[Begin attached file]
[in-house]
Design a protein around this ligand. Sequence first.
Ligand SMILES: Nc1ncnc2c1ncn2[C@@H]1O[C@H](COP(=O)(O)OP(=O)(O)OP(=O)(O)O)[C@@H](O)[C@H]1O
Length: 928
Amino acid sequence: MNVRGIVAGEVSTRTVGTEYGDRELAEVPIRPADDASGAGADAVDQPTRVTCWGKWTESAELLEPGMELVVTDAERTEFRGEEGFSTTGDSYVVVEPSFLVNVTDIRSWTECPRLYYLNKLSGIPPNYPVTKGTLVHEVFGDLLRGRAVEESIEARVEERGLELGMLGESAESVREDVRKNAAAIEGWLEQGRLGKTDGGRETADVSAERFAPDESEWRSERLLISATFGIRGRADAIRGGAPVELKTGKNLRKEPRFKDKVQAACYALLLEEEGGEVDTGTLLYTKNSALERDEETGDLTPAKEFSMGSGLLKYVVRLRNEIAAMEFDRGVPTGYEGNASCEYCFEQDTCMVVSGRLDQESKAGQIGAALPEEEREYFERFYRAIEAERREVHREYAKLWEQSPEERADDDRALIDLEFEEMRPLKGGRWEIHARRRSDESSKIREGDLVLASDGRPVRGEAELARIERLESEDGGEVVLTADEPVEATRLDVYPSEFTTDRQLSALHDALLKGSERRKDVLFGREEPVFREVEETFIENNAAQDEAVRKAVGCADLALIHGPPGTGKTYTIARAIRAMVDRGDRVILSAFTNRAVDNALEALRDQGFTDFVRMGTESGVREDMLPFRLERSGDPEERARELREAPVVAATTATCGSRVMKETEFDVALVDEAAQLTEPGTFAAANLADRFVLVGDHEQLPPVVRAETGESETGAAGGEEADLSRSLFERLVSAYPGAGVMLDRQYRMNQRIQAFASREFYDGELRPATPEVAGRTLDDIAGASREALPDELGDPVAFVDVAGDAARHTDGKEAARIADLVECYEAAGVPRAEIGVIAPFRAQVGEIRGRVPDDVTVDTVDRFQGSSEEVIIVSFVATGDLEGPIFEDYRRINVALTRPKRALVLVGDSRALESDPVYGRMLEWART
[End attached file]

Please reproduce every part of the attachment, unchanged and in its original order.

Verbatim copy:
[in-house]
Design a protein around this ligand. Sequence first.
Ligand SMILES: Nc1ncnc2c1ncn2[C@@H]1O[C@H](COP(=O)(O)OP(=O)(O)OP(=O)(O)O)[C@@H](O)[C@H]1O
Length: 928
Amino acid sequence: MNVRGIVAGEVSTRTVGTEYGDRELAEVPIRPADDASGAGADAVDQPTRVTCWGKWTESAELLEPGMELVVTDAERTEFRGEEGFSTTGDSYVVVEPSFLVNVTDIRSWTECPRLYYLNKLSGIPPNYPVTKGTLVHEVFGDLLRGRAVEESIEARVEERGLELGMLGESAESVREDVRKNAAAIEGWLEQGRLGKTDGGRETADVSAERFAPDESEWRSERLLISATFGIRGRADAIRGGAPVELKTGKNLRKEPRFKDKVQAACYALLLEEEGGEVDTGTLLYTKNSALERDEETGDLTPAKEFSMGSGLLKYVVRLRNEIAAMEFDRGVPTGYEGNASCEYCFEQDTCMVVSGRLDQESKAGQIGAALPEEEREYFERFYRAIEAERREVHREYAKLWEQSPEERADDDRALIDLEFEEMRPLKGGRWEIHARRRSDESSKIREGDLVLASDGRPVRGEAELARIERLESEDGGEVVLTADEPVEATRLDVYPSEFTTDRQLSALHDALLKGSERRKDVLFGREEPVFREVEETFIENNAAQDEAVRKAVGCADLALIHGPPGTGKTYTIARAIRAMVDRGDRVILSAFTNRAVDNALEALRDQGFTDFVRMGTESGVREDMLPFRLERSGDPEERARELREAPVVAATTATCGSRVMKETEFDVALVDEAAQLTEPGTFAAANLADRFVLVGDHEQLPPVVRAETGESETGAAGGEEADLSRSLFERLVSAYPGAGVMLDRQYRMNQRIQAFASREFYDGELRPATPEVAGRTLDDIAGASREALPDELGDPVAFVDVAGDAARHTDGKEAARIADLVECYEAAGVPRAEIGVIAPFRAQVGEIRGRVPDDVTVDTVDRFQGSSEEVIIVSFVATGDLEGPIFEDYRRINVALTRPKRALVLVGDSRALESDPVYGRMLEWART